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American Saws and their Makers


 
  Address by Mr. James E. Emerson at the Tariff Convention at New York - Proceedings of the National Tariff Convention (Philadelphia: The American Iron and Steel Association, 1882).  

Mr. Chairman and Gentlemen,

I am a saw manufacturer, and I propose to show you what has been done in the manufacture of steel for our particular branch of business during the last twenty five years by the American manufacturers as compared with the English.

I would first state that twenty years ago there was but little American plate steel used in the manufacture of saws in America. It was nearly all shipped from England. I know well - there is no one who knows better than I - the struggles which the American manufacturers have passed through in that particular branch of industry.

There is no branch of the steel industry that is more difficult to master than the rolling of large plates for circular saws. To-day there are only two, and I may even say but one, of the steel manufacturers of Europe who have succeeded in producing an article which saw manufacturers can depend upon.

Fifteen years ago the steel of the English manufacturer was sold at from $40 to $60 per ton above that sold by the American steel manufacturers at that time. The prejudice with which we sawmakers had to contend on the part of our customers was such that they demanded of us in many instances that the saws which they ordered must be made from English steel.

Indeed, so great was the prejudice that if they found by any means that the saws we made were made from American steel they would be condemned.

In 1874 a test of circular saws was made by an Association at Cincinnati. Thirteen of the saw manufacturers of the United States entered into that contest. It was a question of the metal of the plate that was tested, and not the particular construction of the saw. We entered into that contest with an offer of several premiums. The first premium was $100 in gold, and the others were of less value; and so complete was the spirit of fairness with which that contest was conducted that, after all the tests were made, every contestant signed a document indorsing the fairness of the test. When we got through the result was that the saws made of American steel had carried away every premium from $100 in gold down, and from that time the prejudice was conquered.

Then came in, from that time, the question of price, and today the steel manufacturers of England, in consequence of the Protection given to our steelmakers by the Government of the United States, find themselves able to bring the price of English steel down to that of the steel plate manufactured in this country.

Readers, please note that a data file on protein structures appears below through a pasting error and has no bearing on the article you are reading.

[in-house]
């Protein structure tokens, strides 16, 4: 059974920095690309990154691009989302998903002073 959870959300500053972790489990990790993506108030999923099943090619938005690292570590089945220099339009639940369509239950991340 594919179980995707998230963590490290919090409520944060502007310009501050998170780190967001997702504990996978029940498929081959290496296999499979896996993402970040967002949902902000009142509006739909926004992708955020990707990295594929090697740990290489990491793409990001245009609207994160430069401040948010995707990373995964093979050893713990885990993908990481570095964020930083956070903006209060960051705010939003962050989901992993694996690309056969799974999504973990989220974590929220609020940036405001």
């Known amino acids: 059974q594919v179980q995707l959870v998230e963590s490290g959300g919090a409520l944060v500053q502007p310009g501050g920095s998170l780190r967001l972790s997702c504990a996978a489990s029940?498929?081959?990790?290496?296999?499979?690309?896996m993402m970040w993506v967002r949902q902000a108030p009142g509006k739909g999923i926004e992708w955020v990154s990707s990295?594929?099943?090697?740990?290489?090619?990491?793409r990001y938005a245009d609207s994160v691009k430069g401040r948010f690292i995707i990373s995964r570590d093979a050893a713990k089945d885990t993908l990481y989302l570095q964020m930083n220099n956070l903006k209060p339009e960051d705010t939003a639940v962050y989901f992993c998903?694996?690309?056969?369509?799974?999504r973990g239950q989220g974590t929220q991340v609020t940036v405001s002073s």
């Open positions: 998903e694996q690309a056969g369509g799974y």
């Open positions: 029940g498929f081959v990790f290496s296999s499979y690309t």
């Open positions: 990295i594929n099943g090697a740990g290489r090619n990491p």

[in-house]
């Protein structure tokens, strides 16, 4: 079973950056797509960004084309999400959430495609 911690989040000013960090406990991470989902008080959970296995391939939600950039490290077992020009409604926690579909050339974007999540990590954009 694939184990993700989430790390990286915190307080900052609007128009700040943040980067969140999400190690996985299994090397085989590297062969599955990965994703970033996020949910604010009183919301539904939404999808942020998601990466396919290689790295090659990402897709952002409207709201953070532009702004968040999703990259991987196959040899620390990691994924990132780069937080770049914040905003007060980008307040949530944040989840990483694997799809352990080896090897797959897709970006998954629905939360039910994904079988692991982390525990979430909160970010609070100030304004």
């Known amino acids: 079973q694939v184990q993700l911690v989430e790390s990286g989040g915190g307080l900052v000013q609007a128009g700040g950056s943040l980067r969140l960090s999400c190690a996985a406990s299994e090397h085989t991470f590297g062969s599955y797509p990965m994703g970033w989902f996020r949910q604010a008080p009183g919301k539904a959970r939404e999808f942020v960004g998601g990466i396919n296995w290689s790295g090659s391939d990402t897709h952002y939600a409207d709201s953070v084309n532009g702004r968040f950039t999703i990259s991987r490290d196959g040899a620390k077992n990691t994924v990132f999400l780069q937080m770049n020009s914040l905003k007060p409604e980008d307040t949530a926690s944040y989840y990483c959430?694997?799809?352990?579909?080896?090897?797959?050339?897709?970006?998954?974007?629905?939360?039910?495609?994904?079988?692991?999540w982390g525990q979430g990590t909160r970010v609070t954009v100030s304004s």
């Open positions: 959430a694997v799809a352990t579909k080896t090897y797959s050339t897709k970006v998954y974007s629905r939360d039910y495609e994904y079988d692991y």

Now, then, what have we sawmakers done under this? We have been able to enter the English market with our saws. The largest saw manufacturer in the United States to-day has a place of business in the city of London. We are exporting saws from the
United States into Canada and into other colonies of Great Britain; and we have been enabled by the skill and genius of American mechanics to place upon the market an article with which we can compete with them right in their own market.

I wish I had more time on this subject, that I might enlarge upon it, but I must keep within my limitation. I merely mention this to show the progress that has been made in the production of steel.

I will tell you now what the sawmakers want; and I think I speak for all the sawmakers of the United States. We ask only to be let alone. We do not want a higher Protection. We are protected; and we want the duty left as it is. We are able to take care of ourselves, under the Protection of the last few years; but the English have come here not only with saws but with files; and they have taken the machinery that was conceived by the genius of the Americans, constructed by their labor and mechanical skill, back with them to England, and copied it, and they are now manufacturing files in England and shipping them back to the United States in competition with American manufacturers.

With their cheap labor in the manufacture of tools and cutlery, where a whole family can be employed in finishing those articles, we cannot compete with them without a high duty. It is for that that we ask Protection to be continued toward the sawmakers as it has been, and extended toward all our other interests, and with it America has a bright future before her as a manufacturing country.

Wiktor Kuc
November, 2016
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